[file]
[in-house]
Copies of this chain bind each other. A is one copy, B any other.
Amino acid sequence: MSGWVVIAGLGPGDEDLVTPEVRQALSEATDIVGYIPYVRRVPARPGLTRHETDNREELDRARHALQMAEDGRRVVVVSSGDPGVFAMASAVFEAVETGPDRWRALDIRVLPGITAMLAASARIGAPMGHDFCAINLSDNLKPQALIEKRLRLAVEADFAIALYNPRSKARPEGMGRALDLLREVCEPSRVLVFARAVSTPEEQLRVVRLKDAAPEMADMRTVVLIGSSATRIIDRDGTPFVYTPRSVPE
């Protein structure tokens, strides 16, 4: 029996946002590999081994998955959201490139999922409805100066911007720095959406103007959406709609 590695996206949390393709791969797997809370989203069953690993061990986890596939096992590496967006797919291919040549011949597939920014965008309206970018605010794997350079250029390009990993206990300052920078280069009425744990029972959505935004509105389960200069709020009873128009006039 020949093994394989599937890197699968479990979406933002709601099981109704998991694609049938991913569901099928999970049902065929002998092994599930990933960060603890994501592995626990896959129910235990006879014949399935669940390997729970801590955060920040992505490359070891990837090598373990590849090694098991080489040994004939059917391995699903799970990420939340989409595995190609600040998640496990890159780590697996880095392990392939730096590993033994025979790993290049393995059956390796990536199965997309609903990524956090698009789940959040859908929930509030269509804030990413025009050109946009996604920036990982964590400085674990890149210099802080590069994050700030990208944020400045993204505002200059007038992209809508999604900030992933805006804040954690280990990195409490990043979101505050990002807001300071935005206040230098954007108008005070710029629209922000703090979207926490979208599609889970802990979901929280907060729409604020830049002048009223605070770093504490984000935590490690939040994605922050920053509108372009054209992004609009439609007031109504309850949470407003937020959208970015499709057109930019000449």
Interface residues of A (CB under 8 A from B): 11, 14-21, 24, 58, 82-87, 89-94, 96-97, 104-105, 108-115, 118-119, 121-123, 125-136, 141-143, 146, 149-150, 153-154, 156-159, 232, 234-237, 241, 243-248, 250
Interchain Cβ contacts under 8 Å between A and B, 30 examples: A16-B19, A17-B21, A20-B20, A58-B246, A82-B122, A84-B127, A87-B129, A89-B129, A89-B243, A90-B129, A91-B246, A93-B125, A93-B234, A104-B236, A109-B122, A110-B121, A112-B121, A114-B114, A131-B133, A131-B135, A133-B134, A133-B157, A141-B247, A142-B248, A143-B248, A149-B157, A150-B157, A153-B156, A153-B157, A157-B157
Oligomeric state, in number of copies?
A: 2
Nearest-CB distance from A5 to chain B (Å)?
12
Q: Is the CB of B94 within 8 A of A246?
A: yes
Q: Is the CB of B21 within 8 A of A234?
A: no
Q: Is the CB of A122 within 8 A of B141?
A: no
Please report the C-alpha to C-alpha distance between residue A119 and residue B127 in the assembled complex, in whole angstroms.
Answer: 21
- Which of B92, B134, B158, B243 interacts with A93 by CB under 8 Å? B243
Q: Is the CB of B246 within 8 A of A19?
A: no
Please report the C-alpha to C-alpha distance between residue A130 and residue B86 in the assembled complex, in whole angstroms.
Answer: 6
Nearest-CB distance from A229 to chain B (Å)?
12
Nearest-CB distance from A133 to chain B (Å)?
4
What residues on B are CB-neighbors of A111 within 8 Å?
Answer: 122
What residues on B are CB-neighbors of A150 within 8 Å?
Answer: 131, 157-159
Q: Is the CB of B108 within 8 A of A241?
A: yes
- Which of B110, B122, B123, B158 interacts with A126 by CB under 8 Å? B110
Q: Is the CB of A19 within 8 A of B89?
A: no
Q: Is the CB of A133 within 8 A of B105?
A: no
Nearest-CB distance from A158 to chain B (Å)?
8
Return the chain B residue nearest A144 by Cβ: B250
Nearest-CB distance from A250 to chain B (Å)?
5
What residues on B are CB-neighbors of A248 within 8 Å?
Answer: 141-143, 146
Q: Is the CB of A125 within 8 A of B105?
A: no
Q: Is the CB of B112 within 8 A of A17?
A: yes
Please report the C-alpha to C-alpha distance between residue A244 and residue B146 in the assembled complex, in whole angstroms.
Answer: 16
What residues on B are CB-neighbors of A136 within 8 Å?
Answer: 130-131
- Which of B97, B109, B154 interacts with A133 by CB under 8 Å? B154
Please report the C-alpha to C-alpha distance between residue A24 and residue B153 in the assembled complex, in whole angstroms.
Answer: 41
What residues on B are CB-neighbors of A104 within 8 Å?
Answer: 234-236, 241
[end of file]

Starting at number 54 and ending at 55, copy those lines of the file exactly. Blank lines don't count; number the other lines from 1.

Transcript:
- Which of B97, B109, B154 interacts with A133 by CB under 8 Å? B154
Please report the C-alpha to C-alpha distance between residue A24 and residue B153 in the assembled complex, in whole angstroms.